To these ones, we also have to add Luigi Cancellieri (1893-1959) e Alberto Luconi (1893-1984), who export his teaching to the U.S.A, where they were very appreciated as teachers and orchestra players. Before 1918, Giacomo Setaccioli (1868-1925) wrote for him the Sonata op. 31 for clarinet and piano, published in 1921 from Ricordi in Milan. For his high artistic values, during his career he was appointed Academician of Accademia of Santa Cecilia in Rome (1891), Academician of Filarmonica in Bologna, Esquire of the Italian Crown, Official Esquire of S. Marino Republic, Officeholder of the Academy of France (1902). As a composer, he wrote the opera La morte di Fausto, on libretto of the lawyer Bertocci, which the French composers Theodore Dubois (1837-1924) and Charles-Marie Widor (1844-1937) considered “clear, musical, very dramatic” and the famous Jules Massenet (1842-1912 pointed out to the Milan publisher Sonzogno for a possible performance. Nevertheless, the opera remained unedited, as well as Odette, his second opera in a prologue and two acts on libretto of Benvenuto Bartoli. In addition to two marches for band (Camicia rossa and Reminiscenze di Macerata) and two sestets for winds (unedited) he also wrote a Preludio e scherzo for orchestra, performed in March 1912 at Teatro Augusteo in Rome and a Gavotta for strings Orchestra, awarded at the contest of Società Orchestrale Romana and published by Ricordi in Milan. After the latter’s performance, which took place in 1897 at Sala Dante in Rome, the composer and musical critic Alessandro Parisotti (1853-1913) wrote: “It is a soft composition…sober in the ideas and clear in the development, it moves with elegance, and it acquires value from fair modulations .It is a credit to our 1st clarinet and points out the refined taste of the author”. To his instrument he devoted two Methods, ten Studies and two Collections of Duets and some valuable compositions with accompaniment of piano. The latter ones – for the first time grouped in this cd, except for the Mazurka-Caprice, already recorded in 1937 from the great French clarinetist Louis Cahuzac (1880-1960)- represent a significant example of the evolution of the Italian clarinet literature: from the traditional opera fantasies, very fashionable all through the Nineteenth century, searching for new forms and languages decidedly instrumental. In the groove of the opera fantasies, we can put the Divertimento Romanza e Valzer nell’Opera Faust of C. Gounod, published in 1880 in Milan by editions Lucca and focused on the revision of the instrumental introduction to the kermesse (act II) and of the famous waltz and chorus Ainsi que la brise légère (act II). Similarly, the two Divertissements, published in Paris in 1903, are focused on the revision of the main themes present in the Concertstück op. 44 (1st Divertissement) and in the Concertstück op. 49 (2nd Divertissement) for clarinet and orchestra by Carl Baermann (1811-1885). Intimist and inspired to the Italian “bel canto” are “Elegia Originale”, published in Florence in 1880 and reprinted in Paris in 1909, and Mèlodie Originale Romantique” published in Paris in 1907.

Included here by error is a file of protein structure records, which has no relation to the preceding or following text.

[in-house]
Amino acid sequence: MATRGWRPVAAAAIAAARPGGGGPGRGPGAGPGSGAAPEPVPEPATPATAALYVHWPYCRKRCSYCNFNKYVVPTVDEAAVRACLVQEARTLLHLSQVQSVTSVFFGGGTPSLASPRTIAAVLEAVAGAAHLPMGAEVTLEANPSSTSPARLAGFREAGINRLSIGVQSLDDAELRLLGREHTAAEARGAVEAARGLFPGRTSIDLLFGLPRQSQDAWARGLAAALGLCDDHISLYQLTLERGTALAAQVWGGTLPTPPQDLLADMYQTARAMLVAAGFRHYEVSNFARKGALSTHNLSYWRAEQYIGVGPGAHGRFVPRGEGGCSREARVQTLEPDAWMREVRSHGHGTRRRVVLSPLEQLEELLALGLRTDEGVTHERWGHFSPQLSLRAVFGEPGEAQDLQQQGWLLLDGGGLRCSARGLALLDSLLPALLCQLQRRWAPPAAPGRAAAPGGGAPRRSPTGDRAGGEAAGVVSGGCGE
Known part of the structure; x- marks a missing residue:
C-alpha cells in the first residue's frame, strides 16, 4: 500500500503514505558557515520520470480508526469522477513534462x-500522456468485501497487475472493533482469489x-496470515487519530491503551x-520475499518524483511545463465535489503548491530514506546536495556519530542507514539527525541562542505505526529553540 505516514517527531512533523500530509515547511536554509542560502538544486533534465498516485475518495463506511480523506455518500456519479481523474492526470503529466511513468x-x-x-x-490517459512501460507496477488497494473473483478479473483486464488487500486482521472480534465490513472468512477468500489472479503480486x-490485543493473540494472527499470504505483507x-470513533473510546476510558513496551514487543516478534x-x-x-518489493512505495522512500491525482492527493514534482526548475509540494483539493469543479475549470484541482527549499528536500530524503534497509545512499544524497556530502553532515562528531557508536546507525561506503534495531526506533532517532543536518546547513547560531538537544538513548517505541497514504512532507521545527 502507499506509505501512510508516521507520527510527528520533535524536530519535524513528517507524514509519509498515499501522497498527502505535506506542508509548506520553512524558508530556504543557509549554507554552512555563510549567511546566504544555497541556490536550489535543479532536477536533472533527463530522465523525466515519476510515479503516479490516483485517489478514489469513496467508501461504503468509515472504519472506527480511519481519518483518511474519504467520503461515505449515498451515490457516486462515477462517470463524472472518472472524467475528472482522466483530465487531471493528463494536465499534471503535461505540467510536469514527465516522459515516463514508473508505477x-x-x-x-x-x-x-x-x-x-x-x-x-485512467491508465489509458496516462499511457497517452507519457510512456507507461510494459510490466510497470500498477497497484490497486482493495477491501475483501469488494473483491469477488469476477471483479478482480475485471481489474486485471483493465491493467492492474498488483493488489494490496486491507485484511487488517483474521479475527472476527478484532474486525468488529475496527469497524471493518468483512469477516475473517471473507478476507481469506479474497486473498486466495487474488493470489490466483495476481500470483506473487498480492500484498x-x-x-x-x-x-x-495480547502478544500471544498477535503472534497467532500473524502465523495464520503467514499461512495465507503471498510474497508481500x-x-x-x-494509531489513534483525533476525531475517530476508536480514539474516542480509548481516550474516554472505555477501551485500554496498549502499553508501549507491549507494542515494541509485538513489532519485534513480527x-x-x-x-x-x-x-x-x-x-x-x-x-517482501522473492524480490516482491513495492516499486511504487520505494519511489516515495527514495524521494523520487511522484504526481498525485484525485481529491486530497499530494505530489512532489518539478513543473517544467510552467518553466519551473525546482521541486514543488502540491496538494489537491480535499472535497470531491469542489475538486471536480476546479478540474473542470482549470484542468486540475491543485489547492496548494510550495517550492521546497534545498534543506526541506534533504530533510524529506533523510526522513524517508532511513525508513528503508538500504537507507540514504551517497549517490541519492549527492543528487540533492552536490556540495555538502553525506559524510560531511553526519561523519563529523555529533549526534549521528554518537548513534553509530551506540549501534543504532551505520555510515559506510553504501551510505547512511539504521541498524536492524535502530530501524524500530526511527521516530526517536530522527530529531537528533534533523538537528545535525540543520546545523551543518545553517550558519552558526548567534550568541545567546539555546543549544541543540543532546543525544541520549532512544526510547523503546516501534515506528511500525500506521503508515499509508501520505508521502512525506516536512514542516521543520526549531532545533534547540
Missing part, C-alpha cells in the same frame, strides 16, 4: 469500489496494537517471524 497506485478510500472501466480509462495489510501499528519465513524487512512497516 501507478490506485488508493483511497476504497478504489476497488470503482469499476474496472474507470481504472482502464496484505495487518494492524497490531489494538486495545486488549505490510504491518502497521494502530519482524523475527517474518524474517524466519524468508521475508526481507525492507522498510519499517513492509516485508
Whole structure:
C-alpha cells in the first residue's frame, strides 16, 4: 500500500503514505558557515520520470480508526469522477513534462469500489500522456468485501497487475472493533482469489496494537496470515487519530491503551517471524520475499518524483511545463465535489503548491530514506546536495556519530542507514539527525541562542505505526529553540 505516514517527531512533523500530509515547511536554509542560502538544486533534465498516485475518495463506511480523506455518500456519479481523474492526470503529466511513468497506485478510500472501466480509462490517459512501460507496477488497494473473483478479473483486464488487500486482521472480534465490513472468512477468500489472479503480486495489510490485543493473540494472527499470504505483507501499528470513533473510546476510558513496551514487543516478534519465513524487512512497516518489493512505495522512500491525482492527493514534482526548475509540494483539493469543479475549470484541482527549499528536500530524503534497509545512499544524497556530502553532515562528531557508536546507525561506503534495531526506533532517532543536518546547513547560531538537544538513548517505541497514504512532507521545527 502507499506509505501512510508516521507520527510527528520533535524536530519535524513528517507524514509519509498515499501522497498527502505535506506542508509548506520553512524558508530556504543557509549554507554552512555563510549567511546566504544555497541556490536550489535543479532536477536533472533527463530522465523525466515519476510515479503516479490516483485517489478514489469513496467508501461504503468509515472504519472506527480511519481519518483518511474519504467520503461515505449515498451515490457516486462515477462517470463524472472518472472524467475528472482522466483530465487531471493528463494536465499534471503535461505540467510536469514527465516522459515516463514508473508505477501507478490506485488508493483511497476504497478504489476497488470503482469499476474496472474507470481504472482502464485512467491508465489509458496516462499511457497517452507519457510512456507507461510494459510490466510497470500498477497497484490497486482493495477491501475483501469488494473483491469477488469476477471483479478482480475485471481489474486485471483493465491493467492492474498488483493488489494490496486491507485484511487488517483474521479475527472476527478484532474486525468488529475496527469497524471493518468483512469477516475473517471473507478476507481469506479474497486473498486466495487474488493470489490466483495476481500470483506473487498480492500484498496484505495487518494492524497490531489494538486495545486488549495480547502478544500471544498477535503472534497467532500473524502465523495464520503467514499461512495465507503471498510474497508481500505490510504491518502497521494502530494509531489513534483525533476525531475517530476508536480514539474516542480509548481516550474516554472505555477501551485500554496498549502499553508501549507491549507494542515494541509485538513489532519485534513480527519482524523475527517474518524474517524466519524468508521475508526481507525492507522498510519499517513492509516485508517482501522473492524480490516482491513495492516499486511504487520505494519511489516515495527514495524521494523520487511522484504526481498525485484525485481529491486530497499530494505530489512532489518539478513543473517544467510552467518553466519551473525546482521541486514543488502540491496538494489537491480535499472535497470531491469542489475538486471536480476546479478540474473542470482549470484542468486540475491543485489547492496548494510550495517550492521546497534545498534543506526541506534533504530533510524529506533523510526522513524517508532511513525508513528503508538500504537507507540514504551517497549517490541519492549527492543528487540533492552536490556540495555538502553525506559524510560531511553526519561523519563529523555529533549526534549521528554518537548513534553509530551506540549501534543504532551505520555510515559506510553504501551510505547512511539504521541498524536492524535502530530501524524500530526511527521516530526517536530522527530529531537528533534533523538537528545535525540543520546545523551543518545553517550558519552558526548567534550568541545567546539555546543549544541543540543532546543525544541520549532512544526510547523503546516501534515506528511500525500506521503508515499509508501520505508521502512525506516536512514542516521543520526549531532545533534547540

On pure virtuosity, finally, are centred the nineteenth century Mazurka-Caprice, published in Paris in 1897 and very appreciated by the French clarinetists, and the chromatic Solo de Concert, equally published in Paris in 1902 and dedicated to his friend Charles Turban (1845-1905), professor of clarinet at the Conservatory of Paris.